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‘John Wick: Chapter 3 – Parabellum’ Review: Dir. Chad Stahelski (2019)

by Kat Hughes

John Wick: Chapter 3 – Parabellum review: Everyone’s favourite pencil-wielding assassin returns for the third chapter of the John Wick franchise. This time John finds himself hunted by everyone after being excommunicated for breaking Continental rules. 

Lionsgate UK

Five years ago directors Chad Stahelski and David Leitch, and actor Keanu Reeves, introduced the world to retired assassin, John Wick. The film was a massive sleeper-hit, and after generating mass appreciation, began a new action thriller franchise. Leitch may have left to direct the likes of Atomic Blonde and Deadpool 2, but Stahelski has stayed, directing both John Wick Chapter 2 and the latest film, John Wick: Chapter 3 – Parabellum. Picking-up mere moments after the cliffhanger of the second chapter, John Wick 3 sees Wick excommunicated from all criminal underground resources for his actions against the High Table, with a $14 million bounty on his head. Desperate, and with nowhere else to turn, he calls upon people from his long-forgotten past, but can he survive the insurmountable odds?

With the first two films both being solid and well-received movies, John Wick 3 has a tough act to follow, but Stahelski might have saved the best for (what is at least now being called) the last part of John Wick’s story. The film opens with a mighty bang as John races around the streets of New York, seeking to make the most out of his sixty-minute grace period granted by Winston. He uses this time to check-out the library, take the dog for a walk, and visit the doctor. Once his time is up, the action kicks in, the throttle turned all the way up, and full-blown carnage explodes onto the screen in spectacular fashion.

Given Stahelski’s background in stunts, the action work is once more superb. Each film in the series has offered us tons of imaginative set pieces; the first film had The Red Circle sequence, the second had the Hall of Reflection, but here it’s hard to pick just one to praise. There’s the opening library altercation, a smack-down in Chinatown, a knife-fight in an antique store, some horse-fu (the best ‘man on a horse’ action sequence since True Lies), sword-fighting on motorcycles, some brilliant attack-dog-fu, and an epic climatic battle just to name a few. Each fight scene seems to somehow out-perform the last one, and Stahelski has created a film that, at it’s core, is simply a masterclass in action.

Previous John Wick films have seen John face down multiple bad guys, although the main targets haven’t really had much fight in them. This time around, with John a wanted man, he gets some very worthy adversaries. Essentially it’s the pencil and sumo fight montage from the second film for the entire run-time, but it’s Marc Dacascos whom has the mantle of main bad-guy. He’s like nothing like what we’ve seen in a John Wick film before, a master of martial arts, and leader of a band of Shinobi’s – that’s right, John Wick now has ninjas. His character Zero appears and disappears from nowhere, a true silent assassin. He’s also something of a John Wick fanatic, which offers up the expected John Wick brand of wry humour.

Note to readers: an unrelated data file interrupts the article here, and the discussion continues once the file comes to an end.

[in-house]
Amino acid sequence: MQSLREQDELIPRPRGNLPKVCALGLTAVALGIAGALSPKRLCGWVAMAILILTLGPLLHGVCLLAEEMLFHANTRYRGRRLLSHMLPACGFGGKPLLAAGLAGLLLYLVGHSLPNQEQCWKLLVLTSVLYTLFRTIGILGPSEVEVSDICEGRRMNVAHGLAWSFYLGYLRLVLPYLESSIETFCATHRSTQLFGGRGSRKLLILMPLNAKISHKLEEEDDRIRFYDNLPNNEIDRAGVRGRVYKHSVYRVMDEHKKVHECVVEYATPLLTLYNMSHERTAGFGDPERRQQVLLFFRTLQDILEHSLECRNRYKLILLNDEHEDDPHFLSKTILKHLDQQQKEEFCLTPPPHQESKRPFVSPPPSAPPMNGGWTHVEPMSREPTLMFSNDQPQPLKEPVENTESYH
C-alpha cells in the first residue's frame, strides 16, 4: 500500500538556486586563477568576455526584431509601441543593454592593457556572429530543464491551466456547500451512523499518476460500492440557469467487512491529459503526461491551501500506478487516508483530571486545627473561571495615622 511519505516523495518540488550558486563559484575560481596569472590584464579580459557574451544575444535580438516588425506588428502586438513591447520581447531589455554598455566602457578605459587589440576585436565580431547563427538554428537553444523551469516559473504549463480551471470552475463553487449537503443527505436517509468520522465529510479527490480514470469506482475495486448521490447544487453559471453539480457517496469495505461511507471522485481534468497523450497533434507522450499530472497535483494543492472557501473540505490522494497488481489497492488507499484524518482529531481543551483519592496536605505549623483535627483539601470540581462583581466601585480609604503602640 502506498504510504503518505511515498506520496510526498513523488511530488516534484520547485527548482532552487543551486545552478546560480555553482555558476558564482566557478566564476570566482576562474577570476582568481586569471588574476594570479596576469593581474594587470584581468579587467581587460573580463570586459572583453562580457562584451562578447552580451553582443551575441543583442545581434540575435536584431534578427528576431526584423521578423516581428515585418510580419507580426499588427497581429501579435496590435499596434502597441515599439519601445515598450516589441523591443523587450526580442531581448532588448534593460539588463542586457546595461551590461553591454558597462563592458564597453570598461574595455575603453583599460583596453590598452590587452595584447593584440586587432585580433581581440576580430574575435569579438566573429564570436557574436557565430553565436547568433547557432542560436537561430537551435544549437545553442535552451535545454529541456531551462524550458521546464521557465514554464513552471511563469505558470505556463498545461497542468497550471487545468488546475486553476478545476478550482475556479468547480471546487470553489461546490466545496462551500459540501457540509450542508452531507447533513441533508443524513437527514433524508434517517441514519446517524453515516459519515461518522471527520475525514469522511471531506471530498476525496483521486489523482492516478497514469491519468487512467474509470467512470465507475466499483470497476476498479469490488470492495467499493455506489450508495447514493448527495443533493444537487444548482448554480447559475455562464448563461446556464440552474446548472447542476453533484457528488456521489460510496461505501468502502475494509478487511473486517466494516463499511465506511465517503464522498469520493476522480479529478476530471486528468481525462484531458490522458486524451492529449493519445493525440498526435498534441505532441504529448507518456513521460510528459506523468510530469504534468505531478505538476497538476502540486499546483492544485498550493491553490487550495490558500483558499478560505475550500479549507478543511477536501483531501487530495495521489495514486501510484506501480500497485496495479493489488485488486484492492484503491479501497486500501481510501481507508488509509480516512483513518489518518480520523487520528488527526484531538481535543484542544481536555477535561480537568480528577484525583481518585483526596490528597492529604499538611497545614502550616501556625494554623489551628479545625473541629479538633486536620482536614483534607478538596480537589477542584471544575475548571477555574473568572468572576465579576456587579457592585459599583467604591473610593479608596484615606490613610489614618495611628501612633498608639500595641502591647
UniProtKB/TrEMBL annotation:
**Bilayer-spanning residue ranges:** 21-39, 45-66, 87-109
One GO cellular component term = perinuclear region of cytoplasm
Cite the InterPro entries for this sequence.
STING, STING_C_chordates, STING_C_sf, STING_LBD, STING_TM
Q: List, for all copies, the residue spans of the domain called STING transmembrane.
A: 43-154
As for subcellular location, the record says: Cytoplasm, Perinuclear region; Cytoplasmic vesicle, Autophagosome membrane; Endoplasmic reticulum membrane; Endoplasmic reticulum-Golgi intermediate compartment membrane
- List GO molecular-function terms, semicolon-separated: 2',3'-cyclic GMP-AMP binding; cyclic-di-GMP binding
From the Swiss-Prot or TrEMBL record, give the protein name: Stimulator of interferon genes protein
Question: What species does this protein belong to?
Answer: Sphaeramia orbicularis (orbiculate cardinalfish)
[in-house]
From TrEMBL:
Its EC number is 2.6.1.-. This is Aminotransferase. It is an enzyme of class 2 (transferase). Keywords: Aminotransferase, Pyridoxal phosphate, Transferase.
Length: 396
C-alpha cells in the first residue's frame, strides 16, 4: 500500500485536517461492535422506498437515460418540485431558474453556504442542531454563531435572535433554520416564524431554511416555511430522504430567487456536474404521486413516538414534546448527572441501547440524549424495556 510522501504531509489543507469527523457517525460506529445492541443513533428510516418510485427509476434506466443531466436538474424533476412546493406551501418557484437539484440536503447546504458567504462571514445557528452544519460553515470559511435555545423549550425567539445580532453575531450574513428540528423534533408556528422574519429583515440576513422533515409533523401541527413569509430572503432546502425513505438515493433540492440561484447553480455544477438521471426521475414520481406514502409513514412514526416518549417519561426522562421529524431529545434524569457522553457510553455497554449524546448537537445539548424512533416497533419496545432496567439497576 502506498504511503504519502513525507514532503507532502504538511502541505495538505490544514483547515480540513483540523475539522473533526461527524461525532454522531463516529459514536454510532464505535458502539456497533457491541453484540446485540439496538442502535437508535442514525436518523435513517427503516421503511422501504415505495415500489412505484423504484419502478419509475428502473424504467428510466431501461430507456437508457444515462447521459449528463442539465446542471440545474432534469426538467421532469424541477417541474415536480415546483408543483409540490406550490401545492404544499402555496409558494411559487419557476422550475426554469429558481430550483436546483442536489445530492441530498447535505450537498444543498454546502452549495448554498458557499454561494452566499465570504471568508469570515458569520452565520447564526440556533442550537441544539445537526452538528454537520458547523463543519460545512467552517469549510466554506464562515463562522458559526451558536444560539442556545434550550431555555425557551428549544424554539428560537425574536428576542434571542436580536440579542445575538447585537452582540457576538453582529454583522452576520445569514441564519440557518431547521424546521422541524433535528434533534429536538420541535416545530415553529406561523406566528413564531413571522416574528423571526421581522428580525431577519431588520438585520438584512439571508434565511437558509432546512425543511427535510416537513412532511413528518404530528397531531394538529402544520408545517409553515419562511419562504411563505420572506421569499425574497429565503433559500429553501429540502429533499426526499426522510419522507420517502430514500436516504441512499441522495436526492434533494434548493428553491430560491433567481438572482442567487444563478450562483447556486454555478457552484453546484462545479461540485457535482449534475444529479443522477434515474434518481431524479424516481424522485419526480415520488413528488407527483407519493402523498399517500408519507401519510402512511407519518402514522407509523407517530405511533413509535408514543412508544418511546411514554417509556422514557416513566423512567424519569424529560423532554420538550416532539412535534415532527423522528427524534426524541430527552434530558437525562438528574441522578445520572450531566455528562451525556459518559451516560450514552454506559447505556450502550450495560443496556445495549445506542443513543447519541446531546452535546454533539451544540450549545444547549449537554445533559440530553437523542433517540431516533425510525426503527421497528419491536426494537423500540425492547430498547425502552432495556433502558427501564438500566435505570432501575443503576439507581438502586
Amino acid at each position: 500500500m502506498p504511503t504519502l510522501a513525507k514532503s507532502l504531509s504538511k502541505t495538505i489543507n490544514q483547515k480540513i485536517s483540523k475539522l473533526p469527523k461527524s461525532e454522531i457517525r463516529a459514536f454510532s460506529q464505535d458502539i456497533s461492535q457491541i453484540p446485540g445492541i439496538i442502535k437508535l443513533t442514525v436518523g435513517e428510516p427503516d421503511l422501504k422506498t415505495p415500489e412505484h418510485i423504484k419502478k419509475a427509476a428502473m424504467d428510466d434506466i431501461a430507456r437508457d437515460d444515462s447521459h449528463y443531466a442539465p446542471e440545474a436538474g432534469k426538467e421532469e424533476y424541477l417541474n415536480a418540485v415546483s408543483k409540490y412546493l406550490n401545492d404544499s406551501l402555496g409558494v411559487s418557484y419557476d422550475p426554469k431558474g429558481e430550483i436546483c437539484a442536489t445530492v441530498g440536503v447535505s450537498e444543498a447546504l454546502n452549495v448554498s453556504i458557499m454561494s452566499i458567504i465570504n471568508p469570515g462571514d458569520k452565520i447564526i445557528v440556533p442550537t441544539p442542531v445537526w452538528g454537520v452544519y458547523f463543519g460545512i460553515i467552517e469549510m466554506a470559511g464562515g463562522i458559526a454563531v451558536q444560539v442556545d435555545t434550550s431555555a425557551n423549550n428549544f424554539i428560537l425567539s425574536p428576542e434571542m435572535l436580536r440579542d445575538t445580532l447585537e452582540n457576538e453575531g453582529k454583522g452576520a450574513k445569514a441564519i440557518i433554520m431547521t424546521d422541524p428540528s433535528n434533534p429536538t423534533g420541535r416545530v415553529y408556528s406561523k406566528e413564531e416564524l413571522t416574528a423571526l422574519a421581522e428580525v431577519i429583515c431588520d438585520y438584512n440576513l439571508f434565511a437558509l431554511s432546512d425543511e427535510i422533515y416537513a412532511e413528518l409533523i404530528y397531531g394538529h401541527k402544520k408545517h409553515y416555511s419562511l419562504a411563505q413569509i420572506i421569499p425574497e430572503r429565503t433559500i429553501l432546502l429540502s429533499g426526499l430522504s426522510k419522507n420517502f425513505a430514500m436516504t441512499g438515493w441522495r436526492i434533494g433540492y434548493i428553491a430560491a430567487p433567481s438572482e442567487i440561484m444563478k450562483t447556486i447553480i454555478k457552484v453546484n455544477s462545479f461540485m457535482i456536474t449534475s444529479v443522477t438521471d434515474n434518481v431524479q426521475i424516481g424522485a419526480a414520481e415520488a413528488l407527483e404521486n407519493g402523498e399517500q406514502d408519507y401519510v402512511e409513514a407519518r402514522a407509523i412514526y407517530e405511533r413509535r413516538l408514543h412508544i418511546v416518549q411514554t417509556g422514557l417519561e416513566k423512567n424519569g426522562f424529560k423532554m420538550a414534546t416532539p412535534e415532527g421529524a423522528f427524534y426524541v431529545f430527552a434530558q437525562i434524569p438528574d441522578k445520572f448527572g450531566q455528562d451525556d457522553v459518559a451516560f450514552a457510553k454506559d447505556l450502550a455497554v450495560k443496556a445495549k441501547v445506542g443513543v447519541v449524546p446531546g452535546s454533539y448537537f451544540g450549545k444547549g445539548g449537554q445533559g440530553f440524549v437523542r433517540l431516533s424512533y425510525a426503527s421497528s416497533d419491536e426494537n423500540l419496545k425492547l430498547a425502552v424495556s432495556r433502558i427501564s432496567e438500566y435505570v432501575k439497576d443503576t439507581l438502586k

It’s not just about the baddies though, this time John’s allies also take centre stage. Both Winston and The Bowery King get their own sub-plots as they face the consequences of aiding John in the last film. These sub-plots give the fan favourite characters their own time to shine out from under the Wick shadow; this does clog up the run-time a little however, and on occasion John Wick 3 starts to feel its 112 minute length. We are also introduced to Sofia, played by Halle Berry, an old acquaintance of John’s, and one whom owes him a favour. It’s the best role Berry has had in years, and one that allows her to demonstrate just how good she can be in an action film. Early screening reactions have called for her character to get her own spin-off, so you can imagine just how bad-ass she is. It might also help that she is the owner of those dog-fu canines.

Keanu is once more clearly having the time of his life in what may well be the role of his career (sorry Neo, Ted and Johnny Utah) and leaves no skill underutilised to continue John’s story. His commitment to the character is immense and as we’ve said on the previous films, it makes all the difference to see and know that it is really is Keanu doing everything. Outside of the fighting the film also delves heavily into John’s past. John Wick 3 finally answers some of those loose end questions that have been mounting-up since the first film; questions about John’s background and those magic gold coins, amongst others, are addressed. It’s nice to get a bit more detail about the underworld and the enigmatic John, but the information isn’t dwelled upon. Rather, the nods serve almost as Easter eggs for fans of the series to discover and enjoy, but isn’t so in your face as to alienate those not indoctrinated into the cult of Wick.

From the explosive opening to the epic finale, John Wick: Chapter 3 – Parabellum is an adrenaline charged assault to the senses. A cacophony of bullets, broken glass and samurai swords, John Wick: Chapter 3 – Parabellum launches everything in it’s arsenal to send the franchise out on a high. Though given how insane this is, we’re thinking he might be back.

John Wick: Chapter 3 – Parabellum review by Kat Hughes, May 2019.

John Wick: Chapter 3 – Parabellum opens in cinemas on Wednesday 15th May 2019.

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